‘It’s fun being on this ride together ...’

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Conrad Grebel grads excited about their anti-counterfeiting nanotechnology startup

June 1, 2016 | Young Voices | Volume 20 Issue 12
Aaron Epp | Young Voices Editor

Three recent graduates of the University of Waterloo (UW), Ont., who resided at Conrad Grebel University College, are pouring their energies full-time into their own startup company.

Perry Everett, Graham Thomas and Benjamin Rasera graduated in April and are the founders of Arylla Inc., which aims to bring an end to the counterfeiting industry.

The trade of counterfeit goods costs the global economy around $2 trillion each year, and counterfeit products pose a risk to consumers, Everett says. Arylla offers unique anti-counterfeiting ink that the trio invented. This ink can be applied to products, giving them each their own unique “fingerprint.” The fingerprint can be tracked, traced and authenticated throughout the supply chain using a smartphone.

“It’s a very special feeling to be able to dedicate your time to an idea that you have helped to create,” says Everett, 22. “It’s unlike anything else I’ve ever experienced in the workforce.”

Thomas, also 22, agrees. He says that what he most enjoys about Arylla is “working on a startup company where the goals are clear and the motivation is there because it’s your pet project and it’s something you can put all your weight into.”

The trio met while living in residence at Grebel, and studied nanotechnology engineering together at UW.

The idea for the company started with a material that the trio created by chance while testing different possibilities in the lab. They created a material that was difficult to detect and, after working with it for a few months, thought it would be interesting to apply it as a security feature since the material is virtually impossible to reverse engineer.

The trio won $25,000 last July at a competition for science start-ups and entrepreneurs, allowing them to further their work. They are focussing their efforts on the pharmaceutical industry but, given the versatility of their product, it could also be used on everything from electronics to fertilizer in the future.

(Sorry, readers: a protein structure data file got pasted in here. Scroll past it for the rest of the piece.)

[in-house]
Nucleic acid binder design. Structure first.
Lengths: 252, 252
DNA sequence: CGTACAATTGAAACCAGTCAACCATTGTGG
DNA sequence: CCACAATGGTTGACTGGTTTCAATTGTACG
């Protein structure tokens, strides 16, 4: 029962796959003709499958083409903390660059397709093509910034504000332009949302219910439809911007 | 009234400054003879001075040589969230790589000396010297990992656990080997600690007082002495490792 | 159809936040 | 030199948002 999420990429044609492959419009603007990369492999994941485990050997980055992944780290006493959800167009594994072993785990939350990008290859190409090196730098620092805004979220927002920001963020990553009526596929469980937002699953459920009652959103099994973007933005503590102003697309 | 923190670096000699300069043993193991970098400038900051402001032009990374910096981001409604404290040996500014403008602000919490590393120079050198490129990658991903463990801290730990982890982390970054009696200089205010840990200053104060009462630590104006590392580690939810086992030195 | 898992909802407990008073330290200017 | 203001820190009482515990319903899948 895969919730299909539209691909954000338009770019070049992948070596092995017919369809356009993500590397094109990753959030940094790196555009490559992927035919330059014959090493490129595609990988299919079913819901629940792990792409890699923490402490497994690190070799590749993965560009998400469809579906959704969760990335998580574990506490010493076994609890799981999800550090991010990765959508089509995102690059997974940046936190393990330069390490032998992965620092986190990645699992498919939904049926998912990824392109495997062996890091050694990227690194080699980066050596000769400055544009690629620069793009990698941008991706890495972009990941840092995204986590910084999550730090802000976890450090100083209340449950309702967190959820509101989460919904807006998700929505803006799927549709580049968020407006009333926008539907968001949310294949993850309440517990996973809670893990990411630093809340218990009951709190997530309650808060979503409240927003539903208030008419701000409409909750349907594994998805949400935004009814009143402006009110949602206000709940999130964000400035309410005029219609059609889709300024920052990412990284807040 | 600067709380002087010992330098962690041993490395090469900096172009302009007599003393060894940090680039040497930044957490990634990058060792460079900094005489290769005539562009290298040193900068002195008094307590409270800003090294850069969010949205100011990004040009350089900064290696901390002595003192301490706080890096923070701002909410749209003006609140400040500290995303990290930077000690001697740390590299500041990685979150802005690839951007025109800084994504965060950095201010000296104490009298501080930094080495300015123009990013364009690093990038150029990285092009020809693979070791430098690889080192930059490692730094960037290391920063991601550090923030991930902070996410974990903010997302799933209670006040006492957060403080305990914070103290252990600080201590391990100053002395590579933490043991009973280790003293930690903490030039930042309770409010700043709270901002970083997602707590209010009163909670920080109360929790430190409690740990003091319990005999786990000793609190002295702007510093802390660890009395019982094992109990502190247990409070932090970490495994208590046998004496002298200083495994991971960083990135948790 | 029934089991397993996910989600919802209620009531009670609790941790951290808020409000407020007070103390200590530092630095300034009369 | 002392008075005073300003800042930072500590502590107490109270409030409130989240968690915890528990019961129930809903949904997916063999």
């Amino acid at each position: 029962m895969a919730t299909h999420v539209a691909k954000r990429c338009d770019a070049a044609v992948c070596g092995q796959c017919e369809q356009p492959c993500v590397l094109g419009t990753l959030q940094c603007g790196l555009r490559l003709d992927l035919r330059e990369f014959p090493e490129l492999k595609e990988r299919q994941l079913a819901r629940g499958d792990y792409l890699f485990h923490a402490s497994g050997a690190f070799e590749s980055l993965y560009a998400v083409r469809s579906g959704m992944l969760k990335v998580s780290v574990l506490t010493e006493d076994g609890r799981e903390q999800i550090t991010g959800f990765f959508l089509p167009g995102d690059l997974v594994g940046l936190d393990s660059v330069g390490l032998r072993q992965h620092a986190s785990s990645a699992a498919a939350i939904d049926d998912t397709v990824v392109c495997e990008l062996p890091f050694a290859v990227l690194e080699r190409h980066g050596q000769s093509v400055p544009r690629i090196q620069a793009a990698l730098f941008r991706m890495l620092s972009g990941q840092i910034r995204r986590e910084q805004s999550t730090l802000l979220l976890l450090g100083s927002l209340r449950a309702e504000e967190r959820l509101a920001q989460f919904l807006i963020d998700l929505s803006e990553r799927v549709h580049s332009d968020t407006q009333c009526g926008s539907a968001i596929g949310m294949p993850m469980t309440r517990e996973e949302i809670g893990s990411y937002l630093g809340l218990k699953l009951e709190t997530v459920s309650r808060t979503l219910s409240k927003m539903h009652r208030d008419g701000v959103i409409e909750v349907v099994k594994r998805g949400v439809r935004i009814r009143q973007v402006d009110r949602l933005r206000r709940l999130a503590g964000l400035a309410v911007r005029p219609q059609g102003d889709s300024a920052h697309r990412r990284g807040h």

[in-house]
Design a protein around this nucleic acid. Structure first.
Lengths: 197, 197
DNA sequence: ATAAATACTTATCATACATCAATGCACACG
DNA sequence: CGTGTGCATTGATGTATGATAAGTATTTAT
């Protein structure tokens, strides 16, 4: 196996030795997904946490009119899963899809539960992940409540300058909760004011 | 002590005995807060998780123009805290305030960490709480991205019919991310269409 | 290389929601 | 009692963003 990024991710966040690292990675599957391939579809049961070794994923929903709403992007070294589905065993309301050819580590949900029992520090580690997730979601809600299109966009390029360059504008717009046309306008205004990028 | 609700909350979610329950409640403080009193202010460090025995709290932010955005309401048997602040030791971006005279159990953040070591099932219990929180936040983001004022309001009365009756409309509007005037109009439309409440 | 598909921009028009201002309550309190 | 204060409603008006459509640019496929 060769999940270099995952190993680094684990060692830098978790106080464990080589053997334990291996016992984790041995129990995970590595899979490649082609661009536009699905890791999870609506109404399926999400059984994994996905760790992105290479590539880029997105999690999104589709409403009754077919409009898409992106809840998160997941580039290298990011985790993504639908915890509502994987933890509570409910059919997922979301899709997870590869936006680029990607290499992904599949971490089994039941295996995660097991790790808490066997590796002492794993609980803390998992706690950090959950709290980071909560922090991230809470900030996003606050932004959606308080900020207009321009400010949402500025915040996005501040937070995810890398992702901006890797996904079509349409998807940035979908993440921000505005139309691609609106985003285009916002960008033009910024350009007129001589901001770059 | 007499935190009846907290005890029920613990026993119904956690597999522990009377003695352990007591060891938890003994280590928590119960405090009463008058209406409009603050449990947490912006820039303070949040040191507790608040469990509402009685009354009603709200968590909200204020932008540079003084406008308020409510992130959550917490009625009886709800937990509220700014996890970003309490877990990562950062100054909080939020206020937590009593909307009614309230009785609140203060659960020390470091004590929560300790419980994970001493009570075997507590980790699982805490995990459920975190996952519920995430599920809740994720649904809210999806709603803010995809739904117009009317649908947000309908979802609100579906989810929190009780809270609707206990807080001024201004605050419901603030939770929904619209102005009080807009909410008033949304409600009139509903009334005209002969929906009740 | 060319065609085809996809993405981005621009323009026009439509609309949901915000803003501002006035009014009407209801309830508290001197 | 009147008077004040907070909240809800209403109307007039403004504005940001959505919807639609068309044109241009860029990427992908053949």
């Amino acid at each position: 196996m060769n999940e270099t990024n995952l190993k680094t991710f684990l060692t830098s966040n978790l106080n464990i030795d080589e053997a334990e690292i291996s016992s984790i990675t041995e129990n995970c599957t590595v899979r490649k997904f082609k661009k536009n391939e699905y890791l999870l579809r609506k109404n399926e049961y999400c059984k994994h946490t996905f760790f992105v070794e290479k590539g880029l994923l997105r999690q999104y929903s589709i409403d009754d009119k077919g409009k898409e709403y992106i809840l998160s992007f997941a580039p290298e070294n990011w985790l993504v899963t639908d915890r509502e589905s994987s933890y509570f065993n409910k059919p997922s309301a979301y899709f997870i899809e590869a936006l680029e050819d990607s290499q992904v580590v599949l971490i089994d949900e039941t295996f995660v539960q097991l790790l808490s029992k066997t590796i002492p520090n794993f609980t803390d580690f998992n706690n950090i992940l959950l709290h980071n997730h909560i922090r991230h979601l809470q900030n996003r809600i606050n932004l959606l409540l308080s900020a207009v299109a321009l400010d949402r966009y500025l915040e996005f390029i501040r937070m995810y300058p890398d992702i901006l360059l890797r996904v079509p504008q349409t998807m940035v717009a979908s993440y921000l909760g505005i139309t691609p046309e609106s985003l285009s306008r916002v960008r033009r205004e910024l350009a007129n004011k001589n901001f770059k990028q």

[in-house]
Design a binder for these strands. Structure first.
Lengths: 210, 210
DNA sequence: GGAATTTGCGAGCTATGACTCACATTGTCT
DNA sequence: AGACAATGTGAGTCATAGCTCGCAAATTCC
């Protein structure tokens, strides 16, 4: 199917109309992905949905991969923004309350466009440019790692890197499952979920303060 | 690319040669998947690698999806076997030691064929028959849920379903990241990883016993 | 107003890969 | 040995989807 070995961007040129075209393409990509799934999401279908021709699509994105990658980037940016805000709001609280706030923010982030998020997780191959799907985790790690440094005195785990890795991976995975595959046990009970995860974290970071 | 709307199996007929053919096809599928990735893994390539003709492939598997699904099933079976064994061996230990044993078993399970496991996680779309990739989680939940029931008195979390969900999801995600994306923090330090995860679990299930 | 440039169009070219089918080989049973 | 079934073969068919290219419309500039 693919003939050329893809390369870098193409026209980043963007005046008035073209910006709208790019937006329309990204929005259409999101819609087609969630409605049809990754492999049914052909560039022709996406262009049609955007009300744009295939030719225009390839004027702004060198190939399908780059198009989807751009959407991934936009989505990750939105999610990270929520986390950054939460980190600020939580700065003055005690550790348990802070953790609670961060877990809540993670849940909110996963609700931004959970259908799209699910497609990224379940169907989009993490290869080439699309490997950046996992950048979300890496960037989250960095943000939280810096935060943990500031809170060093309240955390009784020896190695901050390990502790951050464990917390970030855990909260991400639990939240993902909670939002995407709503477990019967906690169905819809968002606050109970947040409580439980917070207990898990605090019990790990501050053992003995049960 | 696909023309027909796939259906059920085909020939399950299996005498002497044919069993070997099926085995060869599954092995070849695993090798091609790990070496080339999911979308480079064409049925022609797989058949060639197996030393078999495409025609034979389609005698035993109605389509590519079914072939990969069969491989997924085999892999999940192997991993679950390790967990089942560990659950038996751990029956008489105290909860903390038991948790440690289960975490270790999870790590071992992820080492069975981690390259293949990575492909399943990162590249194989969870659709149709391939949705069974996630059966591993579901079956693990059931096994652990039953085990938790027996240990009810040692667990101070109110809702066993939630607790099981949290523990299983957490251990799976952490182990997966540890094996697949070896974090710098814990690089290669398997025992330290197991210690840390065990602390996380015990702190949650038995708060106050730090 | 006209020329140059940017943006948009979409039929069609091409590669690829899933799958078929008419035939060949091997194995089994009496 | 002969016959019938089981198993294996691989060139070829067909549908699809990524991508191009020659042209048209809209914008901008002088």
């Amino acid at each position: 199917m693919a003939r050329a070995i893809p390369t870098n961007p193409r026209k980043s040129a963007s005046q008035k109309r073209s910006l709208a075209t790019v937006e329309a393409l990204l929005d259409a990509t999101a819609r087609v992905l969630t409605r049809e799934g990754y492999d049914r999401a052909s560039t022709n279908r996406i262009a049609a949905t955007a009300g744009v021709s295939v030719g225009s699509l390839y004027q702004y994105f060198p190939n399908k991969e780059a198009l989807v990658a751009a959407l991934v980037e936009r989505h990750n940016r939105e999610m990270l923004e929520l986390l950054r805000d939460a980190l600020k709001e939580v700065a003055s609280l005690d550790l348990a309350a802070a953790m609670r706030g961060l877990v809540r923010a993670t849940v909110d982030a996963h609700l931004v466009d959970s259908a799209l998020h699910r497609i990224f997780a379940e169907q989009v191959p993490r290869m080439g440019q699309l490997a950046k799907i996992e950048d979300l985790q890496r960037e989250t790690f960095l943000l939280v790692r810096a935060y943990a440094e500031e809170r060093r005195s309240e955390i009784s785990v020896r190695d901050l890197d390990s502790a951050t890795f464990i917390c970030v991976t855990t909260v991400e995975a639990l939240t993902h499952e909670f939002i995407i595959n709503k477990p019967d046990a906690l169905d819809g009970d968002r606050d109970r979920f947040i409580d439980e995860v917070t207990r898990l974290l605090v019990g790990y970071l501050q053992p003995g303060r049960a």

According to Thomas, living together at Grebel helped make his partnership with Everett and Rasera possible. The three got to know each other during their first year at school and were soon spending “an unreasonable amount of time together,” doing homework, studying and socializing.

Everett describes his experience living at Grebel as “incredible” and “invigorating.” “It was very refreshing to be among a group of very bright and open-minded students,” he says. “You’re surrounded by students who are critical thinkers, and they like to challenge the status quo. . . . That’s not something you always find at most residences.”

Grebel provides a number of leadership opportunities that Everett says he was fortunate to take part in. He served on Grebel’s student council and also worked as a don, caring for the well-being of residents as well as taking care of the building after business hours. Those experiences helped him mature.

“It was my first time living away from home for an extended period of time, so it was a nice segue to what it’s like to be part of the real world and be an active member of the community as well,” Everett says.

He adds that being able to sit with his fellow Grebel residents and discuss issues ranging from nanotechnology to humanitarian concerns and spirituality was also formative. Everett, who grew up Catholic, says he learned a lot about Anabaptism along the way.

“I would say my concept of sort of the Mennonite way of life was not accurate, but the more I learned about it during my time at Grebel, the more it resonated with me,” he says, adding that concepts like community and living a life of service have impacted his overall goals as he begins his career.

“[It basically changed] my definition of success away from a high-paying engineering job to something that makes a meaningful impact in people’s lives,” Everett says.

Everett, Thomas and Rasera believe Arylla’s technology can have such an impact and are excited to see what the future holds. They are currently working to improve the company’s line of inks as well as its scanning technology. They plan to launch a pilot program in early 2017, with a full product launch to follow in 2018.

Thomas says that when the three were forming Arylla he wanted to join not only because he believed in the technology, but because he knew he could work with Everett and Rasera. “We’re a great team,” he says. “It’s fun being on this ride together with them.”

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